EEG data were processed offline using BrainVision Analyzer 2 (Brain Product GmbH, Munich, Germany) and Matlab (Mathworks, Natick, Massachusetts, USA). Raw EEG data were filtered with a 30 Hz low-pass and 0.1 Hz high-pass filter. Ocular correction was performed using the Gratton & Coles38 algorithm as implemented in BrainVision Analyzer 2 using HEOG and VEOG channels. Automatic artifact rejection was performed based on the following criteria: maximum allowed voltage step 50 μV, maximal difference of values in intervals 150 μV, and minimal/maximal amplitudes of ± 200 μV. To obtain offer-locked ERPs, EEG data were segmented into 1200 ms epochs starting 200 ms before presentation of an offer, and baseline correction was performed based on the 200 ms preceding offer presentation. Segments were then averaged according to condition (observation/control), source (computer/human) and fairness (fair/unfair). Note that in accordance with prior work4 trials with moderately inequitable offers were not included in the analysis. For outcome-locked ERPs, only trials in which offers had been accepted entered analysis. EEG data were segmented into 4000 ms epochs starting with the button press reflecting the acceptance of an offer. Next, data were segmented into epochs from −200 to 1000 ms relative to feedback onset. Baseline correction was applied based on the 200 ms directly preceding presentation of the feedback screen. Segments were averaged according to condition (observation/control), source (computer/human) and fairness (fair/unfair). As for offer-locked ERPs, trials with moderately inequitable offers were not included.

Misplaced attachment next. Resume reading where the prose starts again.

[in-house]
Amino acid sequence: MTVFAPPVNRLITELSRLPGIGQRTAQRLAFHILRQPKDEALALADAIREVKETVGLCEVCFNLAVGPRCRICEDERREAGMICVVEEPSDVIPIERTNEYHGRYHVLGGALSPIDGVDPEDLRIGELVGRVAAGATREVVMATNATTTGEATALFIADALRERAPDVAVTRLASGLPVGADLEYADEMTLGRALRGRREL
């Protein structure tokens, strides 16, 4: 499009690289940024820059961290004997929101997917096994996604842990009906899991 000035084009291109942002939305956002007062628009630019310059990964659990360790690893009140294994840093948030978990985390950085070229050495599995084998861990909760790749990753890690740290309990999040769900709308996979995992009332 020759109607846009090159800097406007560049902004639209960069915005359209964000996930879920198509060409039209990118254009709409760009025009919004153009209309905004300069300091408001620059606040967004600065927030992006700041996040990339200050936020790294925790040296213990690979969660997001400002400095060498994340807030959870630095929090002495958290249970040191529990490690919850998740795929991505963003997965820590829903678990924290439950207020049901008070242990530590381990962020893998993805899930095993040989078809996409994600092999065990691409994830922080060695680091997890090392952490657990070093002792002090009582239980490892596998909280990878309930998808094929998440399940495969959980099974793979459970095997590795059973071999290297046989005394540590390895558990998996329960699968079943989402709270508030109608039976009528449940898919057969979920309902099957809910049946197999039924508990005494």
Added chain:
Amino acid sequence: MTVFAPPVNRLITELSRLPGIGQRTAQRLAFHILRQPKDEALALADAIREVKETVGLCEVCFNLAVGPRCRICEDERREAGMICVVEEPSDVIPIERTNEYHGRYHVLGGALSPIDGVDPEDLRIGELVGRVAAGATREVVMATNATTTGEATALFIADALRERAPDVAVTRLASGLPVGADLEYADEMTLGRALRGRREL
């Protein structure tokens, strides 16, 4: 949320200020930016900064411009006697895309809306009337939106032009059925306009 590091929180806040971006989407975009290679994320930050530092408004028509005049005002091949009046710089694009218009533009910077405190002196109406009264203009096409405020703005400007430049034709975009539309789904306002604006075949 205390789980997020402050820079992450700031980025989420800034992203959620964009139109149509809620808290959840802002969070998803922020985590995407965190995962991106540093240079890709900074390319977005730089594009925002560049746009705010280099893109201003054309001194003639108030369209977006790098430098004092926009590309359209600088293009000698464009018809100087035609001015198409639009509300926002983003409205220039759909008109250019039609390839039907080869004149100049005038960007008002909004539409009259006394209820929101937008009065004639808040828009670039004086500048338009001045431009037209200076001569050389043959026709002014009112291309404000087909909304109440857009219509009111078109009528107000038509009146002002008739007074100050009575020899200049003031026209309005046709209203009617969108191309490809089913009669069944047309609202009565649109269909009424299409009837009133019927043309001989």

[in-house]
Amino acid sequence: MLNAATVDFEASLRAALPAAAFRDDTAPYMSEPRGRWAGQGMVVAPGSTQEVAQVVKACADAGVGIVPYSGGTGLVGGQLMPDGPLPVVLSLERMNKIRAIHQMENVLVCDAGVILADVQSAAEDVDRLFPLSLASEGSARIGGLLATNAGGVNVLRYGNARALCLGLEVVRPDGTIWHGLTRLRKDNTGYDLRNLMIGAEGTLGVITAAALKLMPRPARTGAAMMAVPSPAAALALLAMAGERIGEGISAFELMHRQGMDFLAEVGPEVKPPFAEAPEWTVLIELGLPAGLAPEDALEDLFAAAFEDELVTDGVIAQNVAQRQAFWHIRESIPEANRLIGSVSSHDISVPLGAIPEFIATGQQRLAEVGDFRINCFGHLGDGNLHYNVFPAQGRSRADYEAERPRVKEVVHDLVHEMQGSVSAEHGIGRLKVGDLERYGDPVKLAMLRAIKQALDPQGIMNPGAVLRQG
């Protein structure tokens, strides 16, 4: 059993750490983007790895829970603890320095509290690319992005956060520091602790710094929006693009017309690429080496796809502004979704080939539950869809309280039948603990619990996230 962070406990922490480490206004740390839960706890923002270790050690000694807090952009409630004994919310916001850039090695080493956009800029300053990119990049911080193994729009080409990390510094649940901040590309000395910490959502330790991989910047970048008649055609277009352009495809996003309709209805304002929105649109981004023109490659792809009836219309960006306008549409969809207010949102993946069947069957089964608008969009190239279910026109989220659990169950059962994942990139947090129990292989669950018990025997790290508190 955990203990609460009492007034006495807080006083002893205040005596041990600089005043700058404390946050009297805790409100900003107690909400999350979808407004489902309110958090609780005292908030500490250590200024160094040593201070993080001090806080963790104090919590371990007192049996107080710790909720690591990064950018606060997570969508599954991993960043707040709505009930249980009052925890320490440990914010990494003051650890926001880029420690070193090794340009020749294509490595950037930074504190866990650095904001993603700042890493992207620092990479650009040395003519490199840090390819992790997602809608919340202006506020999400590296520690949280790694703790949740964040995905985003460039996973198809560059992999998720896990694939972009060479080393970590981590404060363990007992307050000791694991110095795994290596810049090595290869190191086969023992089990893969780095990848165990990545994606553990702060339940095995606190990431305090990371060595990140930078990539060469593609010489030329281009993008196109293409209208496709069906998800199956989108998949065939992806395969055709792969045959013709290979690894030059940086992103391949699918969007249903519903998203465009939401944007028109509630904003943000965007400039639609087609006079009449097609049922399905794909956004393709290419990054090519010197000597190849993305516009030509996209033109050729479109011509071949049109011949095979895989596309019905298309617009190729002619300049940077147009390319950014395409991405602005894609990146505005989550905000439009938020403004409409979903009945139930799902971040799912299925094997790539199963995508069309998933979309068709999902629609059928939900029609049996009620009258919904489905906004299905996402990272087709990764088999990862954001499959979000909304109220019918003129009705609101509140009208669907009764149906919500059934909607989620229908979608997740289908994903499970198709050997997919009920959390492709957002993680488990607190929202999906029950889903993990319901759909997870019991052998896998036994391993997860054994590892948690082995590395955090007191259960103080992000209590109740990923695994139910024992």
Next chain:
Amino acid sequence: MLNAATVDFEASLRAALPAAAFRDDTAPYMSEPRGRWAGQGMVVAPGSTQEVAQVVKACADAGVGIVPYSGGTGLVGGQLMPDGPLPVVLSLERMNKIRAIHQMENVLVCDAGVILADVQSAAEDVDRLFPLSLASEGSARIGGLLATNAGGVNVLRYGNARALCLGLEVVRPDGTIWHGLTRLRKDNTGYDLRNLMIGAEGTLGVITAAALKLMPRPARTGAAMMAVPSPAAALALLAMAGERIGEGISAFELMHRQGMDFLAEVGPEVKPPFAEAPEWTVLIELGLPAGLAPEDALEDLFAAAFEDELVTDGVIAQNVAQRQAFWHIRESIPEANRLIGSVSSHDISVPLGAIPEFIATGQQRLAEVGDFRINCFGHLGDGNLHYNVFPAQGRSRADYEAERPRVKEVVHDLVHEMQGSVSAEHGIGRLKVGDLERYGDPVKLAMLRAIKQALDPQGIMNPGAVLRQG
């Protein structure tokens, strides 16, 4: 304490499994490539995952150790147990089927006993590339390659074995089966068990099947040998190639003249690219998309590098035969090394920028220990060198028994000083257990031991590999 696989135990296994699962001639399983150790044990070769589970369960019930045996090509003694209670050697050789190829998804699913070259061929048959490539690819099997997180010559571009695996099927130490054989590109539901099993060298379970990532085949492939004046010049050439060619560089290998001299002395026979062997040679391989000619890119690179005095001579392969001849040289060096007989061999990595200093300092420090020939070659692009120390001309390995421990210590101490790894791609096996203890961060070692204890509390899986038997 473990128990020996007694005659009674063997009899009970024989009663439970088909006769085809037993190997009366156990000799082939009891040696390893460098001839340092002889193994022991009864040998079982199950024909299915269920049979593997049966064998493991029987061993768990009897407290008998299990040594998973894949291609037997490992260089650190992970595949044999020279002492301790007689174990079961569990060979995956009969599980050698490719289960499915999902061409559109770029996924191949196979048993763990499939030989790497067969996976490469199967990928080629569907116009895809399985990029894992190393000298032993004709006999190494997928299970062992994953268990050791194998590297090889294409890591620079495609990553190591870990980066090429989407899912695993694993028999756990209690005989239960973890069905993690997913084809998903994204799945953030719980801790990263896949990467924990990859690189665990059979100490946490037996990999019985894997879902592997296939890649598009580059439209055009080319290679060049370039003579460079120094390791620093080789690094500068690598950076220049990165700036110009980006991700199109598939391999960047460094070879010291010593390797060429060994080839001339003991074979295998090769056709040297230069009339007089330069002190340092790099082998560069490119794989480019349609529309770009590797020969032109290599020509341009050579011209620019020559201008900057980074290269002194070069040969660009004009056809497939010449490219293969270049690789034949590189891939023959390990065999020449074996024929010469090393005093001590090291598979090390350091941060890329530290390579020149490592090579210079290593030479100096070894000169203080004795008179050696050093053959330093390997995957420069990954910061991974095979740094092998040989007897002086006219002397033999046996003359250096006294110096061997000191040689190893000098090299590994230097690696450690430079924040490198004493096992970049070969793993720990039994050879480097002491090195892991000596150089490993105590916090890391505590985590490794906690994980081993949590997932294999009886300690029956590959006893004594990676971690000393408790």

As mentioned earlier, EEG data from one subject were excluded from analysis due to off-label use of a beta blocker, which has been shown to affect visually-evoked potentials39 and may hence affect stimulus-related ERPs. In one other subject, processed EEG data still contained excessive artefacts and were therefore excluded from ERP analyses. Furthermore, EEG data from subjects who had accepted fewer than five unfair offers from any source (human/computer) in any condition (observation/control) were also excluded, as the low number of single trial segments did not allow for meaningful averaging of feedback-locked segments. This affected five subjects, leaving a sample of N = 26 for ERP analyses.